Nah, I did NPR before I came here.
Oh! Okay, okay. Did [Ali] Shaheed [Muhammad] give you any gems to live by?
Nah, he didn’t even necessarily give me no gems. He just—he’s a really big fan of mine, but y’all didn’t even know.
I wouldn’t have known.
He said I was one of the best rappers he’d ever heard, so that shit kind of fucked my head up. I didn’t even know he knew who the fuck I was. I walked away from that feeling myself.
“EVEN IF PEOPLE AREN’T HEARING WHAT I’M DOING, THEY’RE HEARING WHAT I’M DOING.”
You recently put out Live Forever, how are you feeling about the fanfare and reception?
Critically, it’s going well. I didn’t really put it out for that though, I just put it out because I haven’t put out something in two years, so I wanted to do something. It was a more “for me” album in a sense, a little selfish. I just wanted to put out a record and feed the people. But it wasn’t like my big record, it’s only five songs. I’m happy with it. It went exactly how I thought it would.
I definitely wouldn’t call it a break—why have you been more behind the scenes in the last two years?
That’s a good way to put it, behind the scenes. I don’t know, I make music every day, but I just tend to create when I feel inspired to push something out. I try never to feel like—I don’t want to be part of the times as far as like, “Oh, let me keep up with the Joneses, let me follow behind everybody and run.” With me, I like to work at my own pace. It just so happens that it has coincidentally been two years. I didn’t feel it, it just happened that way.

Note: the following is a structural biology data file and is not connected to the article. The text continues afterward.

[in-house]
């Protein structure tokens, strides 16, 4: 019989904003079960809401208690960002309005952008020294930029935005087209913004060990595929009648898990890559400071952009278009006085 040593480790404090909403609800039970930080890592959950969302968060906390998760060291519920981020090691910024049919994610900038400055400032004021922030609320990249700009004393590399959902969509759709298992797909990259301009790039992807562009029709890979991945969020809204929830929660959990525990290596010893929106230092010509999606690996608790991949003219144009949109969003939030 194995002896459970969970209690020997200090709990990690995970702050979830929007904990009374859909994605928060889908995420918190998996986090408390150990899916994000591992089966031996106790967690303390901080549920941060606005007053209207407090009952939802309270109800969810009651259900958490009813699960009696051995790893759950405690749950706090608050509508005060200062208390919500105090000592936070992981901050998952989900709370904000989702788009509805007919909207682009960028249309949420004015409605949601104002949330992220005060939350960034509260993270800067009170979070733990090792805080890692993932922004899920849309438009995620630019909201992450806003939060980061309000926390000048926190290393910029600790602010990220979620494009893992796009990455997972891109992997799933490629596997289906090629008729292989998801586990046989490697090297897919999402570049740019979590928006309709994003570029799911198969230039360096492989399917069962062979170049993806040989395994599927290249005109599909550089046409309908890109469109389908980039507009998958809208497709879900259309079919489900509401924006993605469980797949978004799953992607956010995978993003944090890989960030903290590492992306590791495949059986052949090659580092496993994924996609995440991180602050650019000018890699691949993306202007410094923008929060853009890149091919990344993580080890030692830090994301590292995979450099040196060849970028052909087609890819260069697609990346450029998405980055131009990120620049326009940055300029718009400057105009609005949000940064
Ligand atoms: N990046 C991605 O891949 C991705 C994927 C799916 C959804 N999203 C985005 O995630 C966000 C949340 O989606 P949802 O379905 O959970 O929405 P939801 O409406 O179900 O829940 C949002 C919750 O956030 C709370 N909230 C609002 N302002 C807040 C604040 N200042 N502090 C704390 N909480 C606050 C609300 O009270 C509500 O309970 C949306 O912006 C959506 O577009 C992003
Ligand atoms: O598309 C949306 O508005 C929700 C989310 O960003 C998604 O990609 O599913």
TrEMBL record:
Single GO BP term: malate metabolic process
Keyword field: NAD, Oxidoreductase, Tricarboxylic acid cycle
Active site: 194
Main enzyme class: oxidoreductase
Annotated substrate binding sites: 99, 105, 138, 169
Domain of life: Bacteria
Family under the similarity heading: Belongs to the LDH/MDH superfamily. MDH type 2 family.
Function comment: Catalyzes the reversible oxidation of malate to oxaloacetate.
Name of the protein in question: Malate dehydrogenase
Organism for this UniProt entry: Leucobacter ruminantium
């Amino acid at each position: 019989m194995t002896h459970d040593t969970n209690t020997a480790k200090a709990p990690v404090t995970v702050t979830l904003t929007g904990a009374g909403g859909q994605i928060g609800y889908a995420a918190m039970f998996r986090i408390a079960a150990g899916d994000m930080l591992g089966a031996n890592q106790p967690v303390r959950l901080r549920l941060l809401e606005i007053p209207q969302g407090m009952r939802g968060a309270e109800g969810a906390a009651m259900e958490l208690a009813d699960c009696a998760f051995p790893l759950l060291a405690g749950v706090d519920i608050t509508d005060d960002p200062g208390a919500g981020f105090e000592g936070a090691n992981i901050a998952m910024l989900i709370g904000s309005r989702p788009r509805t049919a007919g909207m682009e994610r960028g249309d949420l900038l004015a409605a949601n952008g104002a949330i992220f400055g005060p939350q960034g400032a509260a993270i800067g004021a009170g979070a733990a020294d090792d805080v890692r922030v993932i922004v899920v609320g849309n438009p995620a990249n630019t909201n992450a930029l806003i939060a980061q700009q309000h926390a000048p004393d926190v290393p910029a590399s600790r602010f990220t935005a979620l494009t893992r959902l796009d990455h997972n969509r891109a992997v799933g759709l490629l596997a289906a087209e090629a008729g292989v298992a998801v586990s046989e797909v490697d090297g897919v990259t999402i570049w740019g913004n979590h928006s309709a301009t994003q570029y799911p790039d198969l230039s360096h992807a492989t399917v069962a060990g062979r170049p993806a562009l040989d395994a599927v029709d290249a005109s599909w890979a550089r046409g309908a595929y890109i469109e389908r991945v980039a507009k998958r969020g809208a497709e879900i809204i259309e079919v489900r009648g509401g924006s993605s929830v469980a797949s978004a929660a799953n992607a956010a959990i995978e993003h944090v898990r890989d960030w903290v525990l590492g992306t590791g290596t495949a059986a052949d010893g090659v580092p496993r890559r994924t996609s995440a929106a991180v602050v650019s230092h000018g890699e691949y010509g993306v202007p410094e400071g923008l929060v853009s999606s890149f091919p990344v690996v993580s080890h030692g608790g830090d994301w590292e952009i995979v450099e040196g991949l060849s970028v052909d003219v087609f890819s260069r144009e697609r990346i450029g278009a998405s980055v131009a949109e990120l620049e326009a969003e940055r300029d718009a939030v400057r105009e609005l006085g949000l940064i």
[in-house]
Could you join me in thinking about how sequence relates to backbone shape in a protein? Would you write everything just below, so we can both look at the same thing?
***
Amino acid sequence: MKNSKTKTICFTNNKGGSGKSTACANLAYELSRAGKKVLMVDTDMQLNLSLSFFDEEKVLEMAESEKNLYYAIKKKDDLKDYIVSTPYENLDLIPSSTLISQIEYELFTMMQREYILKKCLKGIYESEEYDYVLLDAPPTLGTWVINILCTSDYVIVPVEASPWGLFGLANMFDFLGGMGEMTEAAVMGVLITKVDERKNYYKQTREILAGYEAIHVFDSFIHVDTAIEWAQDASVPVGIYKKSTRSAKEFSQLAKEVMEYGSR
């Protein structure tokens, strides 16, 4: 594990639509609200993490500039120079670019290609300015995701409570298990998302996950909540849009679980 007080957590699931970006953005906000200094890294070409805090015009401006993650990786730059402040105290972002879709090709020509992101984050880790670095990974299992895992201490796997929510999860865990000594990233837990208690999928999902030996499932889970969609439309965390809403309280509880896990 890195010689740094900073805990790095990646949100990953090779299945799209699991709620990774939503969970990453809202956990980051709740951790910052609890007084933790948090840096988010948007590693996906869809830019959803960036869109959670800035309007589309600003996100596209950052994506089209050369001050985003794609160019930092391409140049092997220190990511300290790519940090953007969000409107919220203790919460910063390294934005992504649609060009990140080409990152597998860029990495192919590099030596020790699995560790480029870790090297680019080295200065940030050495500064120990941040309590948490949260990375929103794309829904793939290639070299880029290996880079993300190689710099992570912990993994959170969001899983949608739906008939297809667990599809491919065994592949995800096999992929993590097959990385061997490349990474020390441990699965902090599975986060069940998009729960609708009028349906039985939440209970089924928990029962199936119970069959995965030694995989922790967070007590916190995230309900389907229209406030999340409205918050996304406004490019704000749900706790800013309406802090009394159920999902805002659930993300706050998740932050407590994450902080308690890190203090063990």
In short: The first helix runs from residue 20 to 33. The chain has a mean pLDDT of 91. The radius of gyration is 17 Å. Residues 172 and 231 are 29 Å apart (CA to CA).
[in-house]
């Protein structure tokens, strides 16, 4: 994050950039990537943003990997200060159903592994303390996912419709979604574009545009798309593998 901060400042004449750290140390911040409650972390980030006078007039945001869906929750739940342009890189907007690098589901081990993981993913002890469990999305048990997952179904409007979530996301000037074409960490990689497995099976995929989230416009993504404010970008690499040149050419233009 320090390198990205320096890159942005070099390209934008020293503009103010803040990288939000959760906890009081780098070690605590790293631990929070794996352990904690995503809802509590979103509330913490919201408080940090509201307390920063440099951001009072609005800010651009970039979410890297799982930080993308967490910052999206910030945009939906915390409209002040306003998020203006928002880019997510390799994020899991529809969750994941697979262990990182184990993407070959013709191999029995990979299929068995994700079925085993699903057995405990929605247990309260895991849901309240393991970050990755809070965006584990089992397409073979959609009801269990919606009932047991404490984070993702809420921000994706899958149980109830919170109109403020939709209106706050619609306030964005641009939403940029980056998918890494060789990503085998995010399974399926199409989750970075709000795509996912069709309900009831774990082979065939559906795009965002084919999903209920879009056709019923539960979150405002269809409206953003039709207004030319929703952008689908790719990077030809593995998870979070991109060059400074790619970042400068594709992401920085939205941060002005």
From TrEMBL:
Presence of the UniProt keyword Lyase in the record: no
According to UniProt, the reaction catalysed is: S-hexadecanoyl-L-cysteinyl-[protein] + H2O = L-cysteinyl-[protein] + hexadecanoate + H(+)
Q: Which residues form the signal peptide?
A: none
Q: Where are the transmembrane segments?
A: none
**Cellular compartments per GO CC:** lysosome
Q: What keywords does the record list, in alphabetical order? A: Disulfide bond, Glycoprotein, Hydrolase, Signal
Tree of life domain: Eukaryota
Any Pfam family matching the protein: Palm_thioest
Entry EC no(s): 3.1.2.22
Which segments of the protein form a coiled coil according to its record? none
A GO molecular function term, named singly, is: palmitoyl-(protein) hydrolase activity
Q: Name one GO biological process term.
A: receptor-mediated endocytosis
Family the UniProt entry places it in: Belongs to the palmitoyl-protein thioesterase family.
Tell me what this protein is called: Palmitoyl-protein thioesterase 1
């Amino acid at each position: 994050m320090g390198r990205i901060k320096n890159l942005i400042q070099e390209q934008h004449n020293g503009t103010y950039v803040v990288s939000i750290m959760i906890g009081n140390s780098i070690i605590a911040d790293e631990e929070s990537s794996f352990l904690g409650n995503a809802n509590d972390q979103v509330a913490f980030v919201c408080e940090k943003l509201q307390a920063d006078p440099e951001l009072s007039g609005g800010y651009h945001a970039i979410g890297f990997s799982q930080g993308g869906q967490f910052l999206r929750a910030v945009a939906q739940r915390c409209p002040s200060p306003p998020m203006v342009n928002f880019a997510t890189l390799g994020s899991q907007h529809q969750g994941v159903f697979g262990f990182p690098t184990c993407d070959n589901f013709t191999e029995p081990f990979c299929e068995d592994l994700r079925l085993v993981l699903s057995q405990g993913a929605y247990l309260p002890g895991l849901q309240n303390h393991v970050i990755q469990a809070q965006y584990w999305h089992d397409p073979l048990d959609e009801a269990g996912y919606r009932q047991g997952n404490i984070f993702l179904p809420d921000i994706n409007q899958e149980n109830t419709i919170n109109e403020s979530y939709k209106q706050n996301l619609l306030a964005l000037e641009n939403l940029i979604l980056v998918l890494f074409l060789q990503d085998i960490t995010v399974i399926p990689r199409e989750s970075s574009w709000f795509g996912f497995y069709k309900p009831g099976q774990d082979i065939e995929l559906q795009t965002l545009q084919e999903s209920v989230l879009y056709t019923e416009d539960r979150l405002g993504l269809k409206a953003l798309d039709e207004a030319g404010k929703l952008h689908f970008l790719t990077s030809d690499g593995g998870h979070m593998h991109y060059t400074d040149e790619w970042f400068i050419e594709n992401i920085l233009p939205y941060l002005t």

In terms of life, what are you doing when you’re not rapping?
I’m always rapping. But my day to day life? Reading. Essentially, I’m just regular. I don’t do nothing too crazy, I’m not popping bottles, I’m just always working, recording, and making music. Even if people aren’t hearing what I’m doing, they’re hearing what I’m doing.
“Sweet Chick,” a freestyle produced by The Alchemist.
How would you describe your experience within hip-hop before getting signed and then post-[being signed to] Universal?
Pretty much the same. There wasn’t really no difference when I was signed. I really couldn’t tell you one thing that was different… I was a rapper before I was even known as a rapper. I don’t got nothing on that, seriously. I’m not even trying to be facetious.
I mean, for me, I feel like people never really understood me when I came. They tried to make me something that I wasn’t. That’s kind of why—you ask, “Why did you take time off and shit?” Because I got to the point where I was just tired of saying what I wasn’t. People just try to make you kind of what they want you to be, in a sense.